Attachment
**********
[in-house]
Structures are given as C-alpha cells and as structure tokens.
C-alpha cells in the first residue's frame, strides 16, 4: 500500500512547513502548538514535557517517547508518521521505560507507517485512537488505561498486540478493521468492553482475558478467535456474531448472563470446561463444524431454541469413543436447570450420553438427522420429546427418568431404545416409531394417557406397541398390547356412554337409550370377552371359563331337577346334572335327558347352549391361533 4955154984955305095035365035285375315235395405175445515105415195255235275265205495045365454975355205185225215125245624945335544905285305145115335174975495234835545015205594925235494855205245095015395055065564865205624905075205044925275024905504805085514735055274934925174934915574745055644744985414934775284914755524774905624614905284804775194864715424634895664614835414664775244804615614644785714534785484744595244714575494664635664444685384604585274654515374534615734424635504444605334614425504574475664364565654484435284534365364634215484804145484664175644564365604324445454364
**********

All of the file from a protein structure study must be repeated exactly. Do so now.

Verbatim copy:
[in-house]
Structures are given as C-alpha cells and as structure tokens.
C-alpha cells in the first residue's frame, strides 16, 4: 500500500512547513502548538514535557517517547508518521521505560507507517485512537488505561498486540478493521468492553482475558478467535456474531448472563470446561463444524431454541469413543436447570450420553438427522420429546427418568431404545416409531394417557406397541398390547356412554337409550370377552371359563331337577346334572335327558347352549391361533 4955154984955305095035365035285375315235395405175445515105415195255235275265205495045365454975355205185225215125245624945335544905285305145115335174975495234835545015205594925235494855205245095015395055065564865205624905075205044925275024905504805085514735055274934925174934915574745055644744985414934775284914755524774905624614905284804775194864715424634895664614835414664775244804615614644785714534785484744595244714575494664635664444685384604585274654515374534615734424635504444605334614425504574475664364565654484435284534365364634215484804145484664175644564365604324445454364